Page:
nep-pke New Economics Papers
on Post Keynesian Economics
Issue of 2014‒11‒07
five papers chosen by
Karl Petrick
Western New England University

  1. Income Distribution and Economic Growth in a Multi-Sectoral Kaleckian Model By Hiroshi Nishi
  2. Finance-dominated capitalism and income distribution: a Kaleckian perspective on the case of Germany By Eckhard Hein; Daniel Detzer
  3. Factors generating and transmitting the financial crisis; Functional distribution of income. By Jo Michell
  4. Consumer Behaviour in a Social Context: Implications for Environmental Policy By Partha Dasgupta; Dale Southerton; Alistair Ulph; David Ulph
  5. Factors generating and transmitting the financial crisis: The role of incentives: securitization and contagion By Giampaolo Gabbi; Alesia Kalbaska; Alessandro Vercelli

  1. By: Hiroshi Nishi
    Abstract: This study builds an income distribution and growth model within a simple multi-sectoral Kaleckian framework. The model has heterogeneous features in each sector in that the responses of saving and investment to changes in macroeconomic performance differ sectorally, and there are also different sectoral shares of saving and investment. We consider the determinants that establish the economic growth regime (i.e. wage-led and profit-led) and the stable output growth rate adjustment within this framework. By doing so, we reveal the sectoral composition of saving and investment and that elasticity of saving and investment matter for the formation of a growth regime and the stability of the output growth rate at the aggregate level.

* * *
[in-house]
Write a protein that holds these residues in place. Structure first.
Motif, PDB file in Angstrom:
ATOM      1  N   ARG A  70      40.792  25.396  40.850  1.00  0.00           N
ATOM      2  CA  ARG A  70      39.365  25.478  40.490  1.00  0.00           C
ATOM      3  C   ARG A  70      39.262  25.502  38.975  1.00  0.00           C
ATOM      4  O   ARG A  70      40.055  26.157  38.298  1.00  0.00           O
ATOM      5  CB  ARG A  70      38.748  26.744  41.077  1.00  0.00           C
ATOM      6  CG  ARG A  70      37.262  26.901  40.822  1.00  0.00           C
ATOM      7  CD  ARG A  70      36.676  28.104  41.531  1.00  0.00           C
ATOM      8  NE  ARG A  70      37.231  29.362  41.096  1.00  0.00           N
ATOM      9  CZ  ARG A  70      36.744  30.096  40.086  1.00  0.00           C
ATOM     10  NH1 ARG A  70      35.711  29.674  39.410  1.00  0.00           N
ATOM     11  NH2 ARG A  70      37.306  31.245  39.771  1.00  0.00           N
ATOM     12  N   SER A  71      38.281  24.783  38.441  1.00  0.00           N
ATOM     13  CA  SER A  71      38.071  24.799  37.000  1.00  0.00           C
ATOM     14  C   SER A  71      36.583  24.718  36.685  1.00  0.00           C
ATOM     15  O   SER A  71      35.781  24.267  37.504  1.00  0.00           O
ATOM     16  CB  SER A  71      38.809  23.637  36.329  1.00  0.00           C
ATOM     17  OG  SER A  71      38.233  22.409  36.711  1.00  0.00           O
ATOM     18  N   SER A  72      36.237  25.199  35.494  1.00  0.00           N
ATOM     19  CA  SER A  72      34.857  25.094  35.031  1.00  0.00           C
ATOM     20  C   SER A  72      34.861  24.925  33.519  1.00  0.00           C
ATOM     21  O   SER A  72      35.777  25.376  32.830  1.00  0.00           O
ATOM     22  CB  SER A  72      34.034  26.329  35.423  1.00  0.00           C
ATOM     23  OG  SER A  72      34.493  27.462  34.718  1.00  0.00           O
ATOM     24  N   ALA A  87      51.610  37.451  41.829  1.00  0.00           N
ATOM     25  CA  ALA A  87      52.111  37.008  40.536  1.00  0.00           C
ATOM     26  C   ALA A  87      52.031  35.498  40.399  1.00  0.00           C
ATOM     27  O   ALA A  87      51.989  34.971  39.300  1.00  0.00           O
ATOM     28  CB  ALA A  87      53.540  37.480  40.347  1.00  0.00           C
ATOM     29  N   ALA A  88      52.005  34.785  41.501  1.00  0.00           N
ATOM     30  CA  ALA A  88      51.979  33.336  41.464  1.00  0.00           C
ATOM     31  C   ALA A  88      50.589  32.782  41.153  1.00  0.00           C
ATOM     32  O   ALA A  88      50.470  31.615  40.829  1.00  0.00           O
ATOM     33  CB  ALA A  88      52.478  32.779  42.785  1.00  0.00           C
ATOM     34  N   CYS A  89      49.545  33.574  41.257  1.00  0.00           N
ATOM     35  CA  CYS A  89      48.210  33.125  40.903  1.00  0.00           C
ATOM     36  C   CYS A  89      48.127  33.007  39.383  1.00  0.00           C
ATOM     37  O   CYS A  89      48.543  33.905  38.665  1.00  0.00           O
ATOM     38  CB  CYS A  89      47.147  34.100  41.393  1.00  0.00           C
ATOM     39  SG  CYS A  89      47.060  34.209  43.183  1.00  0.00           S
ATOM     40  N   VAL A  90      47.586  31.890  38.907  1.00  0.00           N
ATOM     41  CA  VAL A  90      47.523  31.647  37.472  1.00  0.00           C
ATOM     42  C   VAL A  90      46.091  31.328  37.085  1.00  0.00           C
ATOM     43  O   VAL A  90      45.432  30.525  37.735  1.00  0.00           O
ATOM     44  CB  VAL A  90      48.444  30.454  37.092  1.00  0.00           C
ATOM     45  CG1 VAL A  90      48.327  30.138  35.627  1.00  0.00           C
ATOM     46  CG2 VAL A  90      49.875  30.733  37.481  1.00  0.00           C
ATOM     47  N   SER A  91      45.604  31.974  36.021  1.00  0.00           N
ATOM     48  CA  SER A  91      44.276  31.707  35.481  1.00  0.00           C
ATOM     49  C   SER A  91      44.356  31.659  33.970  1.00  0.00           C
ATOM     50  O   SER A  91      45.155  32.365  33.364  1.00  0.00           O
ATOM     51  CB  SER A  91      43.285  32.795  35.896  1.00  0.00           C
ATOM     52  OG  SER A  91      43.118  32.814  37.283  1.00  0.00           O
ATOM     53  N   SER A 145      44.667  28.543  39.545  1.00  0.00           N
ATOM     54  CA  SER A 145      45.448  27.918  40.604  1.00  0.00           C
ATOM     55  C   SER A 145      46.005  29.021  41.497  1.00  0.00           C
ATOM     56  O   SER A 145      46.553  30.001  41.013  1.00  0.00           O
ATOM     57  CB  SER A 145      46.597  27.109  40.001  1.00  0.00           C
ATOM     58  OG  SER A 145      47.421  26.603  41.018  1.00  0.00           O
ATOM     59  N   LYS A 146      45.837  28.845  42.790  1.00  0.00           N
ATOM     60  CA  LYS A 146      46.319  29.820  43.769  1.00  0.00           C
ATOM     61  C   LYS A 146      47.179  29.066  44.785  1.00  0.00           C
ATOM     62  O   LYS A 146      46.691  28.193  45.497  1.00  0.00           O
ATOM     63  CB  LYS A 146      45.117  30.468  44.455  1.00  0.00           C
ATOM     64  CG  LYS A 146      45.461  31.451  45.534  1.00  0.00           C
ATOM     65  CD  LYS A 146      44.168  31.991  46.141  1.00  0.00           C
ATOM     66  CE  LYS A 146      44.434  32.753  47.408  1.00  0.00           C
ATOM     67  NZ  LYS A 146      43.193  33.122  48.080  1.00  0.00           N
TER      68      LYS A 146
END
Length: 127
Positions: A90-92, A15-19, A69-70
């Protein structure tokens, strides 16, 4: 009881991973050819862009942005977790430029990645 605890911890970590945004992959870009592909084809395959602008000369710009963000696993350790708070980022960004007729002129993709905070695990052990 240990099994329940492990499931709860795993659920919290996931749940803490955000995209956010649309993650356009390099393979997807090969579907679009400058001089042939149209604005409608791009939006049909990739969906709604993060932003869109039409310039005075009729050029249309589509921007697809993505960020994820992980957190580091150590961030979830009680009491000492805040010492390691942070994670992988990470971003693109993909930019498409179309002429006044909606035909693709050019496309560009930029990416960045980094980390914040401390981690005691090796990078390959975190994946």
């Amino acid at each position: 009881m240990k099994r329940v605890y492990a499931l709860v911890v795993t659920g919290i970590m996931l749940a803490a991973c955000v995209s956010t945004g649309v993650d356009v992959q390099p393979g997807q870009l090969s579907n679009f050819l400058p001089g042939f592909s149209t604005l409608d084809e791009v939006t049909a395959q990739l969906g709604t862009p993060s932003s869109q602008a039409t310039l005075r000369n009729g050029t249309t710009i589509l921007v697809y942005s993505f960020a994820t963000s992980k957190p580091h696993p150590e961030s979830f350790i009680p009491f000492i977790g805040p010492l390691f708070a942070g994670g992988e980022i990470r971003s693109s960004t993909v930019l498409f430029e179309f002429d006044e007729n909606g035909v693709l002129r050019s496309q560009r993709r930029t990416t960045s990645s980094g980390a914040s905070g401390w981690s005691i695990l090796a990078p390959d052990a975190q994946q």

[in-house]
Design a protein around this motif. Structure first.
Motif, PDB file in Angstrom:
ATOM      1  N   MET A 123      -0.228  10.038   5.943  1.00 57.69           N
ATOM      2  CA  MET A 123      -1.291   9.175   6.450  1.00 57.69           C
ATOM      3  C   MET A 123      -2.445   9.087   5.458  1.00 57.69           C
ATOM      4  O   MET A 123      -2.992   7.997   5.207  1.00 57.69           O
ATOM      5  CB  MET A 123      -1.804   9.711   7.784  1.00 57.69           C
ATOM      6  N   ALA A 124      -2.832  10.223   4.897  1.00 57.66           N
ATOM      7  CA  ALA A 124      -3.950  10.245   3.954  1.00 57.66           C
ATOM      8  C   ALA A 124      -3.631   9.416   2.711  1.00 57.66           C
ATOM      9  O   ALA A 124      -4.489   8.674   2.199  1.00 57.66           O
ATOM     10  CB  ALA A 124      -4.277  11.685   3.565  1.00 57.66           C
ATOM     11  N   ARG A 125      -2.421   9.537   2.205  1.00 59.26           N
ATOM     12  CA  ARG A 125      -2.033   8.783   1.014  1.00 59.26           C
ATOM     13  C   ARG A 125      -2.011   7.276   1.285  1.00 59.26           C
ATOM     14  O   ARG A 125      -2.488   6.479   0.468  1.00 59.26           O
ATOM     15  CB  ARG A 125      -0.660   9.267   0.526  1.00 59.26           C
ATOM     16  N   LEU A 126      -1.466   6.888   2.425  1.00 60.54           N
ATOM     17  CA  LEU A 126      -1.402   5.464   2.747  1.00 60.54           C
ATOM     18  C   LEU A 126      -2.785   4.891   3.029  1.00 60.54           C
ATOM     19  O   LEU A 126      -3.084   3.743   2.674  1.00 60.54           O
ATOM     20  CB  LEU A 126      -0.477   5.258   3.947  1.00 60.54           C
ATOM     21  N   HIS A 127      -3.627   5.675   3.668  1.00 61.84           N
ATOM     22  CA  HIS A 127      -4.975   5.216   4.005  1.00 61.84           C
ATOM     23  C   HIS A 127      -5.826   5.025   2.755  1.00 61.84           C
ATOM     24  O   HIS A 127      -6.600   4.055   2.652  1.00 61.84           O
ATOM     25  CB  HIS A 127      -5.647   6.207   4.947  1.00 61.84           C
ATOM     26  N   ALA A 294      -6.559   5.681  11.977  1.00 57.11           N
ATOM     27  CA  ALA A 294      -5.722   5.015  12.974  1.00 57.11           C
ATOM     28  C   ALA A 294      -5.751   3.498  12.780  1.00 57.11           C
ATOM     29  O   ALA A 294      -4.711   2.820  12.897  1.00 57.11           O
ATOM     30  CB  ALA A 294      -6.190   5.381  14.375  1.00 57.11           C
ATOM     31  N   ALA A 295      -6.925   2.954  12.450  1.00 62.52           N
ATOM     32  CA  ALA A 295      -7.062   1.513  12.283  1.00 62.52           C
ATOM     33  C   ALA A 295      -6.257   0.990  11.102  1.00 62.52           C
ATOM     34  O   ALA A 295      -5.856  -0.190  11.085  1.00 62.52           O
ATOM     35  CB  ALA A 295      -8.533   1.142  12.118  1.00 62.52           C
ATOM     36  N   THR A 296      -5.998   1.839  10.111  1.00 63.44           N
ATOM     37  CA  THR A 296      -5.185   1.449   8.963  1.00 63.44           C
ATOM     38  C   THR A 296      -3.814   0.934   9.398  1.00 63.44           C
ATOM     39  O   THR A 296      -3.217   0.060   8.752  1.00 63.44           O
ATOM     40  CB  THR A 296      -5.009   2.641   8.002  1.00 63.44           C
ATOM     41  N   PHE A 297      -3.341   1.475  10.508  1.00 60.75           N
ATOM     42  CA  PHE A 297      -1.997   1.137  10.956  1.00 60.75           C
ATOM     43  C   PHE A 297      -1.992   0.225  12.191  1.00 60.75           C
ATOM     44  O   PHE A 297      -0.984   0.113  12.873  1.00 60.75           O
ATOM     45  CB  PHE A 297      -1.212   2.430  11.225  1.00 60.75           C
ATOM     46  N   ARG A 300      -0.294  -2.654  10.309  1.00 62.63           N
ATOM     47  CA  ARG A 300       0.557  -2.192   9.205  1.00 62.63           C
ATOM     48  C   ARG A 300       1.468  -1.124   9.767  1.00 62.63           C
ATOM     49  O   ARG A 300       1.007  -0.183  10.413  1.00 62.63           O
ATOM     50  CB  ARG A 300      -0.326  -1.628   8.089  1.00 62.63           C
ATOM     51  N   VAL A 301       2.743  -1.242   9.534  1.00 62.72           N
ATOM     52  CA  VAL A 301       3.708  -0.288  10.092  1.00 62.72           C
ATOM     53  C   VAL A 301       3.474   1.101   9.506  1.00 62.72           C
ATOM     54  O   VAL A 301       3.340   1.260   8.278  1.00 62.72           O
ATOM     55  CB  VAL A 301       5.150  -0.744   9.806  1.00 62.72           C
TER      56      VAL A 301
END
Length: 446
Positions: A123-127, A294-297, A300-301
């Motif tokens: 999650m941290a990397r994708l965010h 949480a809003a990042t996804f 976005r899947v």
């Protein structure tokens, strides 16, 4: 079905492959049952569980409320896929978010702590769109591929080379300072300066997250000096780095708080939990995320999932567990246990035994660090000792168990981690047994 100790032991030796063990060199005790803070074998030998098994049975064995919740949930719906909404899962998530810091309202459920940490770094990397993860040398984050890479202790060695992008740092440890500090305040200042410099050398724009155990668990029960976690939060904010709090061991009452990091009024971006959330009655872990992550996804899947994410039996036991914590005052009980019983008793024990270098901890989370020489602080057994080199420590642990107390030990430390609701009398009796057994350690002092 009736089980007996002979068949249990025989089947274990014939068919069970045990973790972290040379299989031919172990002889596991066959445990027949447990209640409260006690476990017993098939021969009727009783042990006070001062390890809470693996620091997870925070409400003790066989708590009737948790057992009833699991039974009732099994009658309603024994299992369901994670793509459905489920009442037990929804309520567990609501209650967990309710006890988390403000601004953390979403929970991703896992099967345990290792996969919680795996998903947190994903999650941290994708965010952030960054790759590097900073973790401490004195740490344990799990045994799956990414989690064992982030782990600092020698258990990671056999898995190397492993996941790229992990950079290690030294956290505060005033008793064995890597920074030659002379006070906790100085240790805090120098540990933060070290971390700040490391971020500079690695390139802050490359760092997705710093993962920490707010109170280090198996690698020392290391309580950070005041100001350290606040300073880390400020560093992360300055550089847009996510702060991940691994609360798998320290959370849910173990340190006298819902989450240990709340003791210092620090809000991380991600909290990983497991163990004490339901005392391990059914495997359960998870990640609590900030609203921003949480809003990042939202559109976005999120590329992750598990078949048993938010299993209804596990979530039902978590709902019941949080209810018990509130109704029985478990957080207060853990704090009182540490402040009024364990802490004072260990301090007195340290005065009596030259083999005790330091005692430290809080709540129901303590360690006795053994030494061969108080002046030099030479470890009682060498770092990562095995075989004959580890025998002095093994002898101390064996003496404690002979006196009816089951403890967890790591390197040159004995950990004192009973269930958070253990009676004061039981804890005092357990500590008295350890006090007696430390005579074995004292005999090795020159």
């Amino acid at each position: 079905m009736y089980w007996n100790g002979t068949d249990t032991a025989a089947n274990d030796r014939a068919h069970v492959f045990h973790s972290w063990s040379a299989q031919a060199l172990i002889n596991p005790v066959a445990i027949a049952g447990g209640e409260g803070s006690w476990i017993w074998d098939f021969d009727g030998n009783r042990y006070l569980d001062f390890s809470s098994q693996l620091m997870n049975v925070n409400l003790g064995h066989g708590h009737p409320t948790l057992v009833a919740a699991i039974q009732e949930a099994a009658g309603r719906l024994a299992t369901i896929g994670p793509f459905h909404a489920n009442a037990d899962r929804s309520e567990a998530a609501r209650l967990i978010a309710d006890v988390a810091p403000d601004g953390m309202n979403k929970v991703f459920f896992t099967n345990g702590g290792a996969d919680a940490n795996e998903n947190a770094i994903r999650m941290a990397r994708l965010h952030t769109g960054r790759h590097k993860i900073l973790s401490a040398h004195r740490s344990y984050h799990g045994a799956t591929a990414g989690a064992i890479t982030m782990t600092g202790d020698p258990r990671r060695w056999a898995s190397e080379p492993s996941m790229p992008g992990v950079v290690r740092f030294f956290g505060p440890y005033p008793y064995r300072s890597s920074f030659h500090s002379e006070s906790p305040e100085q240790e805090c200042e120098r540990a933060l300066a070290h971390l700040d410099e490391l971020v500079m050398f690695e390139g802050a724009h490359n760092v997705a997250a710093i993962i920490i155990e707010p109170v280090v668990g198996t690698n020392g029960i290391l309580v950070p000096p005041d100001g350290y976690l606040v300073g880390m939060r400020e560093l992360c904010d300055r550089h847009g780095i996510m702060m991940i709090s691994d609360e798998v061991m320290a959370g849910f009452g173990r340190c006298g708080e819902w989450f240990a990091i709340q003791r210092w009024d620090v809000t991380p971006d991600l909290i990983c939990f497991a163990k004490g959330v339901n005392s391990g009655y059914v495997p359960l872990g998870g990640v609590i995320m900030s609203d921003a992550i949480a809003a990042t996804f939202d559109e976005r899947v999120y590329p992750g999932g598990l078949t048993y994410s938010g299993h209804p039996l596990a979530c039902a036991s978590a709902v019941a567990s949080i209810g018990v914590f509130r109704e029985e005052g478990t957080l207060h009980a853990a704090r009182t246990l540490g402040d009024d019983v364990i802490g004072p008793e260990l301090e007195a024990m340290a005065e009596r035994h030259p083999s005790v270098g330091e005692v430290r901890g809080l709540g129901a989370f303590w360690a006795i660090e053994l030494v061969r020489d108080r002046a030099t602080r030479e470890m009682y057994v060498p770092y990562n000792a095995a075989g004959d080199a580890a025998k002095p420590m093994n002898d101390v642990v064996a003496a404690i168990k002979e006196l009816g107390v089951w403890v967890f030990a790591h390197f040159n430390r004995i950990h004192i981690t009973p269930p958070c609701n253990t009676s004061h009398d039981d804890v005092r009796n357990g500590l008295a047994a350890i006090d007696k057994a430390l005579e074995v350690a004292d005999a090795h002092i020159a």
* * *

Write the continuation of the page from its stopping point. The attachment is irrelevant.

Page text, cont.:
Keywords: Multi-sectoral Kaleckian model; Income distribution; Sectoral heterogeneity
    JEL: B50 E12 O41
    Date: 2014–10
  2. By: Eckhard Hein (Berlin School of Economics and Law and Institute for International Political Economy); Daniel Detzer (Berlin School of Economics and Law and Institute for International)
    Abstract: We present an investigation into the long-run effects of financialisation on income distribution before the financial and economic crises for Germany, one of the major mercantilist export-led economies. The analysis builds on a Kaleckian approach towards the examination of the effects of financialisation on income distribution, as suggested by Hein (2014a). First, we show that Germany saw considerable re-distribution of income starting in early 1980s, which accelerated in the early 2000s, in particular. Examining the three main channels through which financialisation (and neo-liberalism) are supposed to have affected the wage or the labour income share, according to the Kaleckian approach, we provide evidence for the existence of each of these channels in Germany since the mid- 1990s, when several institutional changes provided the conditions for an increasing dominance of finance.